Trained as an anesthesiologist, Abdul-Ghaaliq Lalkhen, now a member of the Faculty of Main Medicine at the Royal College of Anesthetists in London, is an expert in pain. With An Anatomy of Pain, he thoughtfully illuminates how little is known about how it is experienced, understood and treated in modern medicine. Lalkhen focuses on how the misunderstandings of pain's inner workings, by both medical professionals and people experiencing it, have shaped various treatments of it, including patterns in prescriptions and accidental solutions that might cause relief, but are not always a cure.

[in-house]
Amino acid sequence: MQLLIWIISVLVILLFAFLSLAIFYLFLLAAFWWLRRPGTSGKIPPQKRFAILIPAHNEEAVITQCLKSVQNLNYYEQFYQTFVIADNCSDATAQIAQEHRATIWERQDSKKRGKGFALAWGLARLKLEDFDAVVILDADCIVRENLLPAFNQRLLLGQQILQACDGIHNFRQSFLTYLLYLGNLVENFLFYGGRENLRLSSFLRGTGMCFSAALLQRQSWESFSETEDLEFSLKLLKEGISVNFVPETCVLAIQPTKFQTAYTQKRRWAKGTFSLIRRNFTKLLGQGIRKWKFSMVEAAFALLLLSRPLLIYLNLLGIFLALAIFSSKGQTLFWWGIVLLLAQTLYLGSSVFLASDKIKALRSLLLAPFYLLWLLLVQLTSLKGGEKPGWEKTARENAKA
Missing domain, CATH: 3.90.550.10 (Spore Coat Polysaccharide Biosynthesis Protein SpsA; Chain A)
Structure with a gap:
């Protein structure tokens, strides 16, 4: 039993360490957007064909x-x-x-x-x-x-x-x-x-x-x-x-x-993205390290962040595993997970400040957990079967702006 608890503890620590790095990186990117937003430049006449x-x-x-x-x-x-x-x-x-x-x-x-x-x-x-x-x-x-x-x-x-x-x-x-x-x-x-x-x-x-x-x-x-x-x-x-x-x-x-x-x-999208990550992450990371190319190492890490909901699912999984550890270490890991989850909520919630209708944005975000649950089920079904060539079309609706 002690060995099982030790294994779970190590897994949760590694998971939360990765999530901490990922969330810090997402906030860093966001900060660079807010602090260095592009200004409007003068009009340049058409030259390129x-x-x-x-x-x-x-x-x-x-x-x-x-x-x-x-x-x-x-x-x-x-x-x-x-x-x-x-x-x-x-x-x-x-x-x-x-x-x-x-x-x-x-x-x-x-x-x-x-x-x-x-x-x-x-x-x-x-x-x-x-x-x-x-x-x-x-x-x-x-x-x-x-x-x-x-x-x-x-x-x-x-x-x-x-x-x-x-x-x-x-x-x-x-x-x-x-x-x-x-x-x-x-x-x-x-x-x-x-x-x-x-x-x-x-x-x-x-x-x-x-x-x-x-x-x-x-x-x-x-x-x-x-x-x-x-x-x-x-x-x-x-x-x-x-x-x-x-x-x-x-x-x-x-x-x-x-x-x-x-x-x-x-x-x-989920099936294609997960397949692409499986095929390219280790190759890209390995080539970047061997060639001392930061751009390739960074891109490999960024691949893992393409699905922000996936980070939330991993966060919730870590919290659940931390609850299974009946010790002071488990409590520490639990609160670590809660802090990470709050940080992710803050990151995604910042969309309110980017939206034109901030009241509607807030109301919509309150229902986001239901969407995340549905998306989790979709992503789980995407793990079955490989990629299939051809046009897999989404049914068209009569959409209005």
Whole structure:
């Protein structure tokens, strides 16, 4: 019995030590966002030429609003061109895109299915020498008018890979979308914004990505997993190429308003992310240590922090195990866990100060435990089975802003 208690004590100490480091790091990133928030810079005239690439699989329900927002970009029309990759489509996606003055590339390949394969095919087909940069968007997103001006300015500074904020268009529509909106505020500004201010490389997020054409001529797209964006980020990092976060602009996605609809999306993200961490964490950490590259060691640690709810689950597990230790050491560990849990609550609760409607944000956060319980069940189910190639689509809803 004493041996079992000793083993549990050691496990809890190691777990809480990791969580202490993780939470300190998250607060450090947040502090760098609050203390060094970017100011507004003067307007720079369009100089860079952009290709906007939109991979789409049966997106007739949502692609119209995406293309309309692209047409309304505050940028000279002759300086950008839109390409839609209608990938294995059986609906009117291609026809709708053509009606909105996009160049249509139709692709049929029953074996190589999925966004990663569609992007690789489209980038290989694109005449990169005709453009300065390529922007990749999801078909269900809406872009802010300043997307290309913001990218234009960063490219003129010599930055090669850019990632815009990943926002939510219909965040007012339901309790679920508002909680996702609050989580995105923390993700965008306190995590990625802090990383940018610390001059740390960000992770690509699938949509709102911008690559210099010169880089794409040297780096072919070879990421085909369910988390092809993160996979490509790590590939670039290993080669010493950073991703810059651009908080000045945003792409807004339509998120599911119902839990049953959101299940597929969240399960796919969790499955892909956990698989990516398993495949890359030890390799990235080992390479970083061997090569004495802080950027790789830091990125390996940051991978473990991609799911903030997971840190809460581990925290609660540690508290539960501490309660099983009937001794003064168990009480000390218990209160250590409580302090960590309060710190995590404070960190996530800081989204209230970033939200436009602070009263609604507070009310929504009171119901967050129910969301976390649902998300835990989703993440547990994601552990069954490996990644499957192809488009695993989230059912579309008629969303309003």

Lalkhen overall seeks to reform readers' understanding of pain. It is not always due to singular or acute experiences, but rather "a warning system" for the body that people can learn and relearn to respond to. It is, moreover, "a complex experience and not one over which we have mastery, neither when it has been triggered due to injury nor when it has become chronic pain." His text takes readers through histories of the conceptualization of pain in different cultures, various categorizations of pain and approaches to their treatments, and treatments including opiates, injected treatments and spinal cord stimulators. Overall, Lalkhen advocates for a multipronged approach that relies less on direct, singular interventions, and more on approaches that combine physiotherapeutical, medical and psychological treatments. As he writes, pain is, after all, "both a sensory and an emotional experience.... It is only by addressing the complete experience of pain that we can hope to manage pain and alleviate suffering." --Michelle Anya Anjirbag, freelance reviewer